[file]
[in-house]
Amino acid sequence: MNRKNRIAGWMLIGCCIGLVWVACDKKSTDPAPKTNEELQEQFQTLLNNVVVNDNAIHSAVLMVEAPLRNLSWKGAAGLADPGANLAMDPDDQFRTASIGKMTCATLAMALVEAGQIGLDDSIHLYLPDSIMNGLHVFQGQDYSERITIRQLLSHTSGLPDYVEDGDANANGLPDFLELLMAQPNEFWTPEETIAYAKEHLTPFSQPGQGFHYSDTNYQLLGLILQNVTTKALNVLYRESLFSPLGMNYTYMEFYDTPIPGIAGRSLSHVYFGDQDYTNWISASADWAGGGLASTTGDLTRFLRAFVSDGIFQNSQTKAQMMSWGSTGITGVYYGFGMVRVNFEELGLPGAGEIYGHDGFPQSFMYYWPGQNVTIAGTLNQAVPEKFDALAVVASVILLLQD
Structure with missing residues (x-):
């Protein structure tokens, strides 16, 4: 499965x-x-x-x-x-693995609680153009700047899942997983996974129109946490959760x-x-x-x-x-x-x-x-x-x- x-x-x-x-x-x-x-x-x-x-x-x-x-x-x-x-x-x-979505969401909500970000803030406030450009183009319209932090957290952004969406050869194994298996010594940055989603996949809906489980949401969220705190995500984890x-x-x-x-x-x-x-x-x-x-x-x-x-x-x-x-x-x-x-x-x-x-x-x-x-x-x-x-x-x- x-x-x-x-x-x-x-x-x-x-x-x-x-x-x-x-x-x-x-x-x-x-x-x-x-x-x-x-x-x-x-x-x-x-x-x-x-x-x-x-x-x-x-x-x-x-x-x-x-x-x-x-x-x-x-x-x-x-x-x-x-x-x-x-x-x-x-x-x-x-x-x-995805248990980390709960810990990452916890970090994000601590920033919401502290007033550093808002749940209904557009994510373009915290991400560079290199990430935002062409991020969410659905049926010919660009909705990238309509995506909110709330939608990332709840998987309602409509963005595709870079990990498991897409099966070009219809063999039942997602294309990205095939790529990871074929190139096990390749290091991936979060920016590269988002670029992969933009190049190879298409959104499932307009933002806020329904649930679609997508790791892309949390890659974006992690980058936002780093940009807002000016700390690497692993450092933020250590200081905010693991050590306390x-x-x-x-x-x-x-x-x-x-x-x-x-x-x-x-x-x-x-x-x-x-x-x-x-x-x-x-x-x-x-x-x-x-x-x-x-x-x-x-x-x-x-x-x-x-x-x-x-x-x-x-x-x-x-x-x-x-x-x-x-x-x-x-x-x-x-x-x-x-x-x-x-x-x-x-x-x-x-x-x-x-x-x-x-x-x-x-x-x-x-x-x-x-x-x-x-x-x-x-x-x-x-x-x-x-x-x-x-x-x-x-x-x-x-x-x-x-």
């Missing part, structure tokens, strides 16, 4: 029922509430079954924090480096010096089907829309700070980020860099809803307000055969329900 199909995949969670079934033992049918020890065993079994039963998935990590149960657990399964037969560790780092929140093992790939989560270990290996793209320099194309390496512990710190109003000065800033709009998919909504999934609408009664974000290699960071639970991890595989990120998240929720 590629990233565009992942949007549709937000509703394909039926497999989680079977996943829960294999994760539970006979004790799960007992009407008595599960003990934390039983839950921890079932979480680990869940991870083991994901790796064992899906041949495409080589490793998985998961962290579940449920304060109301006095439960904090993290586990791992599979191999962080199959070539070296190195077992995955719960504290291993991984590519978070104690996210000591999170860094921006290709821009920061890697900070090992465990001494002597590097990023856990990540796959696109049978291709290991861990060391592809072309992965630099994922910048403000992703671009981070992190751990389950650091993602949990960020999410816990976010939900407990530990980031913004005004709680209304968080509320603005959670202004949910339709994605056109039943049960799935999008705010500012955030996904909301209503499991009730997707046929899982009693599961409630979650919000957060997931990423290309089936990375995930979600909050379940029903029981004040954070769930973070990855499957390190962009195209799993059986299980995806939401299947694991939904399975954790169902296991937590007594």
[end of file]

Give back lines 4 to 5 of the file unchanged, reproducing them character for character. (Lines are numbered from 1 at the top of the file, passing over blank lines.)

């Protein structure tokens, strides 16, 4: 499965x-x-x-x-x-693995609680153009700047899942997983996974129109946490959760x-x-x-x-x-x-x-x-x-x- x-x-x-x-x-x-x-x-x-x-x-x-x-x-x-x-x-x-979505969401909500970000803030406030450009183009319209932090957290952004969406050869194994298996010594940055989603996949809906489980949401969220705190995500984890x-x-x-x-x-x-x-x-x-x-x-x-x-x-x-x-x-x-x-x-x-x-x-x-x-x-x-x-x-x- x-x-x-x-x-x-x-x-x-x-x-x-x-x-x-x-x-x-x-x-x-x-x-x-x-x-x-x-x-x-x-x-x-x-x-x-x-x-x-x-x-x-x-x-x-x-x-x-x-x-x-x-x-x-x-x-x-x-x-x-x-x-x-x-x-x-x-x-x-x-x-x-995805248990980390709960810990990452916890970090994000601590920033919401502290007033550093808002749940209904557009994510373009915290991400560079290199990430935002062409991020969410659905049926010919660009909705990238309509995506909110709330939608990332709840998987309602409509963005595709870079990990498991897409099966070009219809063999039942997602294309990205095939790529990871074929190139096990390749290091991936979060920016590269988002670029992969933009190049190879298409959104499932307009933002806020329904649930679609997508790791892309949390890659974006992690980058936002780093940009807002000016700390690497692993450092933020250590200081905010693991050590306390x-x-x-x-x-x-x-x-x-x-x-x-x-x-x-x-x-x-x-x-x-x-x-x-x-x-x-x-x-x-x-x-x-x-x-x-x-x-x-x-x-x-x-x-x-x-x-x-x-x-x-x-x-x-x-x-x-x-x-x-x-x-x-x-x-x-x-x-x-x-x-x-x-x-x-x-x-x-x-x-x-x-x-x-x-x-x-x-x-x-x-x-x-x-x-x-x-x-x-x-x-x-x-x-x-x-x-x-x-x-x-x-x-x-x-x-x-x-």
């Missing part, structure tokens, strides 16, 4: 029922509430079954924090480096010096089907829309700070980020860099809803307000055969329900 199909995949969670079934033992049918020890065993079994039963998935990590149960657990399964037969560790780092929140093992790939989560270990290996793209320099194309390496512990710190109003000065800033709009998919909504999934609408009664974000290699960071639970991890595989990120998240929720 590629990233565009992942949007549709937000509703394909039926497999989680079977996943829960294999994760539970006979004790799960007992009407008595599960003990934390039983839950921890079932979480680990869940991870083991994901790796064992899906041949495409080589490793998985998961962290579940449920304060109301006095439960904090993290586990791992599979191999962080199959070539070296190195077992995955719960504290291993991984590519978070104690996210000591999170860094921006290709821009920061890697900070090992465990001494002597590097990023856990990540796959696109049978291709290991861990060391592809072309992965630099994922910048403000992703671009981070992190751990389950650091993602949990960020999410816990976010939900407990530990980031913004005004709680209304968080509320603005959670202004949910339709994605056109039943049960799935999008705010500012955030996904909301209503499991009730997707046929899982009693599961409630979650919000957060997931990423290309089936990375995930979600909050379940029903029981004040954070769930973070990855499957390190962009195209799993059986299980995806939401299947694991939904399975954790169902296991937590007594």